Music student awarded Commonwealth ScholarshipDate Released: Wed, 5 September 2012 14:00 +0200
Mia Pistorius has been offered a Commonwealth Scholarship to study towards an MPhil in Music Performance at the University of Oxford.
“The scholarship is open to all fields of study, and in the current economic climate, the one thing people don’t want to give money to the arts,” says Pistorius.
And yet, thanks to her hard work and the assistance of the Rhodes Music Department, she was included the initial selection of 30 candidates from South Africa, and was awarded a fully-funded scholarship at Magdalen College. The college, which forms part of Oxford University, was founded in 1458 and is renowned for its exceptionally high academic standards.
The MPhil degree comprises two performances, of which one is half an hour and the second an hour. A large component of the course is academic study. “I’m excited about doing a course that is weighted towards music scholarship,” says Pistorius, naming the theory and philosophy of music as examples.
The BMus degree at Rhodes prepared the pianist through its focus on research, an advantage she would not have had if she had completed a degree in pure performance. She feels indebted to the Department for allowing her to do interdisciplinary work involving music and literature, and music and psychology respectively.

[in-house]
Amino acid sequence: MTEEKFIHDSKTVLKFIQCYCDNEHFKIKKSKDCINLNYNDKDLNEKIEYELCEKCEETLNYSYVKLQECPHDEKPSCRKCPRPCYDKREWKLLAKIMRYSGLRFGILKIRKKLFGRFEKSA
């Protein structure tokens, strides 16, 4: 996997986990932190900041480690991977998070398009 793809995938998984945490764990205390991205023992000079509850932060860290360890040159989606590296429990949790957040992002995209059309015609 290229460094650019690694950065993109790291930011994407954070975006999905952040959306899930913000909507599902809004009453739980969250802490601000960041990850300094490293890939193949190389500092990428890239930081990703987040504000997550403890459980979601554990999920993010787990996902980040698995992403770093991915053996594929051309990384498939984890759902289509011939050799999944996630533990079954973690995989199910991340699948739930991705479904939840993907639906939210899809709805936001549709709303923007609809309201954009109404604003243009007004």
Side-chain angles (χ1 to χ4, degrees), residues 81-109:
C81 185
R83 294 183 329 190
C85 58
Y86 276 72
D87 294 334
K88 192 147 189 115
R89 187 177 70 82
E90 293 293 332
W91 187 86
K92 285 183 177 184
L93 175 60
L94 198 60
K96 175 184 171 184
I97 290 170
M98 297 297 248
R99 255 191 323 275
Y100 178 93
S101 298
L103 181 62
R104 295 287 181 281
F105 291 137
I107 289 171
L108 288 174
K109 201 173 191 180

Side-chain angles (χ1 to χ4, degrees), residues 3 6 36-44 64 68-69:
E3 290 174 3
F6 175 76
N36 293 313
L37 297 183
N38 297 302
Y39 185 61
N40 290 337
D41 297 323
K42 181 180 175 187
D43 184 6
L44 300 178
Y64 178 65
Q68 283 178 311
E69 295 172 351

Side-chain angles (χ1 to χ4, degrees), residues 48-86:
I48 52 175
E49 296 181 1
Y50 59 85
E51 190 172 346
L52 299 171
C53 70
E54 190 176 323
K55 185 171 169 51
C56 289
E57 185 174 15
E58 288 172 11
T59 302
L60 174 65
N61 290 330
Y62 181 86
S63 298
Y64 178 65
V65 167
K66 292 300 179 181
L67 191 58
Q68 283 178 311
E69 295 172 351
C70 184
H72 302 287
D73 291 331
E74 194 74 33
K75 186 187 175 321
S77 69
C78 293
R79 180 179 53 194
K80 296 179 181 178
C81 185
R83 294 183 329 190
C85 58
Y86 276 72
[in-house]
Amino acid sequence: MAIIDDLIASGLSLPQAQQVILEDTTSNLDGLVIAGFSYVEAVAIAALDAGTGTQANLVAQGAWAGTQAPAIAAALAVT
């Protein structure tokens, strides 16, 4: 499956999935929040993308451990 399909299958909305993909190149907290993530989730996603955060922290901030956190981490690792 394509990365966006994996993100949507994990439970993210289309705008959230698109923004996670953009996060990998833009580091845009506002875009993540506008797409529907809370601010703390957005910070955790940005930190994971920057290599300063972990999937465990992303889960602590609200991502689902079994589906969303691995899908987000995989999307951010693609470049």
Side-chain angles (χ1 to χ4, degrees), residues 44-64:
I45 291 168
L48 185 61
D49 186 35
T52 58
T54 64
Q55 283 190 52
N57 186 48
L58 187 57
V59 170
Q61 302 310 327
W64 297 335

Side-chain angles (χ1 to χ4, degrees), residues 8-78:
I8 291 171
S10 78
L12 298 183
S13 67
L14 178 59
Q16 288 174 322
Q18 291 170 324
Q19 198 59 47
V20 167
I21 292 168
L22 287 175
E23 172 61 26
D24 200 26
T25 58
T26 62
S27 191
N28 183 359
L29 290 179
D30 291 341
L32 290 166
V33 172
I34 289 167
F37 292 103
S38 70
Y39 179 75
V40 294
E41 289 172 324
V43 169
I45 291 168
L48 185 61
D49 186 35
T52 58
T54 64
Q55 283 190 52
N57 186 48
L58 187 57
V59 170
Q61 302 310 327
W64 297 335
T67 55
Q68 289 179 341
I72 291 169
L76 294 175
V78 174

“You won’t necessarily get to do interdisciplinary research at other universities,” she says. She adds that she has had “amazing teachers” and very willing referees, a vital requirement for successful scholarship applications.
As Oxford University is an institution renowned for its large concentration of great minds, Pistorius expects to learn a lot there. “I’m a bit nervous, but you have to be very foolish or arrogant not to be nervous. The most important thing is to be in a position where there are so many incredible people to learn from,” she says.
Pistorius is also excited about the possibility to pursue studies in twentieth century music and performance, a field in which large-scale studies have recently been conducted at Oxford. This subject receives marginal interest in South Africa.
“There are many composers here but few musicians and audiences willing to engage with New Music,” she says, and hopes to contribute towards its expansion upon her return.
The scholarship recipient is also considering becoming involved in music outreach projects in South Africa in the future, but will not pass up the opportunity of further studies in Europe if it arrives.
“It’s always nice to put off becoming a real adult for a little longer,” she smiles. With a balance in performance and her passion for academia, no candidate could be better-suited to a college with a focus on academic excellence and a rich musical tradition with three orchestras and a world famous choir.
Story and photo by Ruth Woudstra